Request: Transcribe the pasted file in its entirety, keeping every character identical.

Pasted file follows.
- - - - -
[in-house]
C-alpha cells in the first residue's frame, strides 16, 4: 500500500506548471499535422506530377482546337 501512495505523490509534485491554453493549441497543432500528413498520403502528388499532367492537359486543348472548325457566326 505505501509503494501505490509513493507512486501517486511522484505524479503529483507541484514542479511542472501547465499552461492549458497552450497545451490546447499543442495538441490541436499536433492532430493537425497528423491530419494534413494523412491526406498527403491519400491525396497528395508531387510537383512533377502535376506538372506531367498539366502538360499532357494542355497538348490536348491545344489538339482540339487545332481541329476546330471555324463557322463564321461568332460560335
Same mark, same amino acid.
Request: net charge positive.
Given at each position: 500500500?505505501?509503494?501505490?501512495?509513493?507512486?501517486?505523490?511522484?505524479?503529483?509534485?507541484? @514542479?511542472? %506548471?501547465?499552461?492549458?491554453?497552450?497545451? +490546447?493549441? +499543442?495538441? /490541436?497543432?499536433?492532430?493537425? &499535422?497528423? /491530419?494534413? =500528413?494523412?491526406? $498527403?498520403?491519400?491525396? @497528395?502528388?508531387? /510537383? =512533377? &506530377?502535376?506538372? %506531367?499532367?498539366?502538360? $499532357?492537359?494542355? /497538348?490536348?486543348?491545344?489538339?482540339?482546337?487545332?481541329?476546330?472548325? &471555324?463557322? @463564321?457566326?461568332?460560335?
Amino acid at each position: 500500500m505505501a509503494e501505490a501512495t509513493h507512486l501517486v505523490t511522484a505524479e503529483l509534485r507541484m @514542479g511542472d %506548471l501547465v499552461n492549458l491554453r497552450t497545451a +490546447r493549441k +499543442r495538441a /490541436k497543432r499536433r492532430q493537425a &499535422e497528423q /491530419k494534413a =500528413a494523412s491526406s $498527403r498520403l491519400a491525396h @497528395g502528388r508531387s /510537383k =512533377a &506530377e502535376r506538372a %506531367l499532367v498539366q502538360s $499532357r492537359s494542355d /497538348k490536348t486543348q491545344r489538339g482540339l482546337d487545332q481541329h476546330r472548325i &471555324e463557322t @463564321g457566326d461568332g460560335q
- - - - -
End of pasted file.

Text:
[in-house]
C-alpha cells in the first residue's frame, strides 16, 4: 500500500506548471499535422506530377482546337 501512495505523490509534485491554453493549441497543432500528413498520403502528388499532367492537359486543348472548325457566326 505505501509503494501505490509513493507512486501517486511522484505524479503529483507541484514542479511542472501547465499552461492549458497552450497545451490546447499543442495538441490541436499536433492532430493537425497528423491530419494534413494523412491526406498527403491519400491525396497528395508531387510537383512533377502535376506538372506531367498539366502538360499532357494542355497538348490536348491545344489538339482540339487545332481541329476546330471555324463557322463564321461568332460560335
Same mark, same amino acid.
Request: net charge positive.
Given at each position: 500500500?505505501?509503494?501505490?501512495?509513493?507512486?501517486?505523490?511522484?505524479?503529483?509534485?507541484? @514542479?511542472? %506548471?501547465?499552461?492549458?491554453?497552450?497545451? +490546447?493549441? +499543442?495538441? /490541436?497543432?499536433?492532430?493537425? &499535422?497528423? /491530419?494534413? =500528413?494523412?491526406? $498527403?498520403?491519400?491525396? @497528395?502528388?508531387? /510537383? =512533377? &506530377?502535376?506538372? %506531367?499532367?498539366?502538360? $499532357?492537359?494542355? /497538348?490536348?486543348?491545344?489538339?482540339?482546337?487545332?481541329?476546330?472548325? &471555324?463557322? @463564321?457566326?461568332?460560335?
Amino acid at each position: 500500500m505505501a509503494e501505490a501512495t509513493h507512486l501517486v505523490t511522484a505524479e503529483l509534485r507541484m @514542479g511542472d %506548471l501547465v499552461n492549458l491554453r497552450t497545451a +490546447r493549441k +499543442r495538441a /490541436k497543432r499536433r492532430q493537425a &499535422e497528423q /491530419k494534413a =500528413a494523412s491526406s $498527403r498520403l491519400a491525396h @497528395g502528388r508531387s /510537383k =512533377a &506530377e502535376r506538372a %506531367l499532367v498539366q502538360s $499532357r492537359s494542355d /497538348k490536348t486543348q491545344r489538339g482540339l482546337d487545332q481541329h476546330r472548325i &471555324e463557322t @463564321g457566326d461568332g460560335q